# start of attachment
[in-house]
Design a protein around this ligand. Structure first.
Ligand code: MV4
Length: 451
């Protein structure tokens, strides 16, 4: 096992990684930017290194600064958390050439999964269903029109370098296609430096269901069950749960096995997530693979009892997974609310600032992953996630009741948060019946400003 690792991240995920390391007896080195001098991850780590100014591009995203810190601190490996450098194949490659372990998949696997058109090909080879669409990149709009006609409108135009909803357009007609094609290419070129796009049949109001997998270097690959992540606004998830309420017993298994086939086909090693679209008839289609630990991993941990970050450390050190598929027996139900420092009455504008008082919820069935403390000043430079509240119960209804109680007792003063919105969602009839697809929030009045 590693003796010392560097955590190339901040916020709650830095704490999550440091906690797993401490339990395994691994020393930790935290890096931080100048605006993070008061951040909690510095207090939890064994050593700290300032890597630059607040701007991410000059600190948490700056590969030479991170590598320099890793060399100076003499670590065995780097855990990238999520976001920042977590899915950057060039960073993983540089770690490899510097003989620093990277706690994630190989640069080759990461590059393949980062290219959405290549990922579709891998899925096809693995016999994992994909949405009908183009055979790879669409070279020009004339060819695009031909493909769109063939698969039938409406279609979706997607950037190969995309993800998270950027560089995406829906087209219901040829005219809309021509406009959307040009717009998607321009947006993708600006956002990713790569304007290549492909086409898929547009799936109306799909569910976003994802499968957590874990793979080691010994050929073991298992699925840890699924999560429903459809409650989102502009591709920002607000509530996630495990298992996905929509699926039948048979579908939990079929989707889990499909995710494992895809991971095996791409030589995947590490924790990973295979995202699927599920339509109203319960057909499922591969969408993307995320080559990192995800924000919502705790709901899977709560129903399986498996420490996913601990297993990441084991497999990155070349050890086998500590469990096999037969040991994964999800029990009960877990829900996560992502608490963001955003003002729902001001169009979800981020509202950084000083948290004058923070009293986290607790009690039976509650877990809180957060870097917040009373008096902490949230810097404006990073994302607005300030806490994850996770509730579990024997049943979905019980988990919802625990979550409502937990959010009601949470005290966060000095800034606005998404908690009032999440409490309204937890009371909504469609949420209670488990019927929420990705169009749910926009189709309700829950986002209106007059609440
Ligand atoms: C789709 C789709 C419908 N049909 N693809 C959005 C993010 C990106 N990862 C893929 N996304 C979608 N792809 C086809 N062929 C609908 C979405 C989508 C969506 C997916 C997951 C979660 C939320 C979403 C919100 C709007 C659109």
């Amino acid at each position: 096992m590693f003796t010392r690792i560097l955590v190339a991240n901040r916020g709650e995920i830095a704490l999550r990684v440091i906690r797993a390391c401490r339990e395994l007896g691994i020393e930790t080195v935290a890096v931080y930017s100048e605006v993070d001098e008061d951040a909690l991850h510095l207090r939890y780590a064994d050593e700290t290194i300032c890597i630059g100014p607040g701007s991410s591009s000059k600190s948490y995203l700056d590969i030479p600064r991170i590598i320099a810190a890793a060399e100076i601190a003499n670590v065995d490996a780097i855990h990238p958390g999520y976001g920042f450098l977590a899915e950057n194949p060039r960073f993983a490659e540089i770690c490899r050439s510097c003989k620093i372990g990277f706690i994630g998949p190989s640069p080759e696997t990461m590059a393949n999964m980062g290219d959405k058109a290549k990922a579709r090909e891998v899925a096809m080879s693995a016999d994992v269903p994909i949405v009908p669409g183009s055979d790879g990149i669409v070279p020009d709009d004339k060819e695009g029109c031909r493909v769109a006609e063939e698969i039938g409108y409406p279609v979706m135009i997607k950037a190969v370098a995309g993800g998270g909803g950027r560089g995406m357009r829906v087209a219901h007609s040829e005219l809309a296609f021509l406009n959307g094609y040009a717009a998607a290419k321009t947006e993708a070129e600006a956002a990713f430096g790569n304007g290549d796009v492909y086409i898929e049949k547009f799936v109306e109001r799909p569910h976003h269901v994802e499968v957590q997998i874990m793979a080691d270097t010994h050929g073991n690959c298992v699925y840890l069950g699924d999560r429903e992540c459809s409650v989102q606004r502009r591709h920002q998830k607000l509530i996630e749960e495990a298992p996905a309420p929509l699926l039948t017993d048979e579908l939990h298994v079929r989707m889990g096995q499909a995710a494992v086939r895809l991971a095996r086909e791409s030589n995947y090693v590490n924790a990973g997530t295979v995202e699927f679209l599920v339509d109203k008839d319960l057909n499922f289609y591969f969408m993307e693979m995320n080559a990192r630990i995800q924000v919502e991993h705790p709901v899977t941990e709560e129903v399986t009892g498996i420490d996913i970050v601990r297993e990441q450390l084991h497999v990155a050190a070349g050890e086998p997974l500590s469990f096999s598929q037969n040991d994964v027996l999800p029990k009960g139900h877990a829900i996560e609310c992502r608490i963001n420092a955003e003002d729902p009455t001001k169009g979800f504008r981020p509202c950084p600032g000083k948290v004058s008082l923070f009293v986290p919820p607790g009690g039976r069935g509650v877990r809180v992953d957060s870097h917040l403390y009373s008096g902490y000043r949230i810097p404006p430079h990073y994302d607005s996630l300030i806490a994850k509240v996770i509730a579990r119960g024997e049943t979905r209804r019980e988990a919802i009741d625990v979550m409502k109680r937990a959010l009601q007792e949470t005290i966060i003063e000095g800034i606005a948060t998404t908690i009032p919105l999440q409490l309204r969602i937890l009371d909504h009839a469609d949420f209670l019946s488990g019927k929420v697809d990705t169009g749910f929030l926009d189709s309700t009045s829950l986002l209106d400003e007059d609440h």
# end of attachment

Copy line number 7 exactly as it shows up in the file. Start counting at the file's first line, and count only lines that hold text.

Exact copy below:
């Amino acid at each position: 096992m590693f003796t010392r690792i560097l955590v190339a991240n901040r916020g709650e995920i830095a704490l999550r990684v440091i906690r797993a390391c401490r339990e395994l007896g691994i020393e930790t080195v935290a890096v931080y930017s100048e605006v993070d001098e008061d951040a909690l991850h510095l207090r939890y780590a064994d050593e700290t290194i300032c890597i630059g100014p607040g701007s991410s591009s000059k600190s948490y995203l700056d590969i030479p600064r991170i590598i320099a810190a890793a060399e100076i601190a003499n670590v065995d490996a780097i855990h990238p958390g999520y976001g920042f450098l977590a899915e950057n194949p060039r960073f993983a490659e540089i770690c490899r050439s510097c003989k620093i372990g990277f706690i994630g998949p190989s640069p080759e696997t990461m590059a393949n999964m980062g290219d959405k058109a290549k990922a579709r090909e891998v899925a096809m080879s693995a016999d994992v269903p994909i949405v009908p669409g183009s055979d790879g990149i669409v070279p020009d709009d004339k060819e695009g029109c031909r493909v769109a006609e063939e698969i039938g409108y409406p279609v979706m135009i997607k950037a190969v370098a995309g993800g998270g909803g950027r560089g995406m357009r829906v087209a219901h007609s040829e005219l809309a296609f021509l406009n959307g094609y040009a717009a998607a290419k321009t947006e993708a070129e600006a956002a990713f430096g790569n304007g290549d796009v492909y086409i898929e049949k547009f799936v109306e109001r799909p569910h976003h269901v994802e499968v957590q997998i874990m793979a080691d270097t010994h050929g073991n690959c298992v699925y840890l069950g699924d999560r429903e992540c459809s409650v989102q606004r502009r591709h920002q998830k607000l509530i996630e749960e495990a298992p996905a309420p929509l699926l039948t017993d048979e579908l939990h298994v079929r989707m889990g096995q499909a995710a494992v086939r895809l991971a095996r086909e791409s030589n995947y090693v590490n924790a990973g997530t295979v995202e699927f679209l599920v339509d109203k008839d319960l057909n499922f289609y591969f969408m993307e693979m995320n080559a990192r630990i995800q924000v919502e991993h705790p709901v899977t941990e709560e129903v399986t009892g498996i420490d996913i970050v601990r297993e990441q450390l084991h497999v990155a050190a070349g050890e086998p997974l500590s469990f096999s598929q037969n040991d994964v027996l999800p029990k009960g139900h877990a829900i996560e609310c992502r608490i963001n420092a955003e003002d729902p009455t001001k169009g979800f504008r981020p509202c950084p600032g000083k948290v004058s008082l923070f009293v986290p919820p607790g009690g039976r069935g509650v877990r809180v992953d957060s870097h917040l403390y009373s008096g902490y000043r949230i810097p404006p430079h990073y994302d607005s996630l300030i806490a994850k509240v996770i509730a579990r119960g024997e049943t979905r209804r019980e988990a919802i009741d625990v979550m409502k109680r937990a959010l009601q007792e949470t005290i966060i003063e000095g800034i606005a948060t998404t908690i009032p919105l999440q409490l309204r969602i937890l009371d909504h009839a469609d949420f209670l019946s488990g019927k929420v697809d990705t169009g749910f929030l926009d189709s309700t009045s829950l986002l209106d400003e007059d609440h």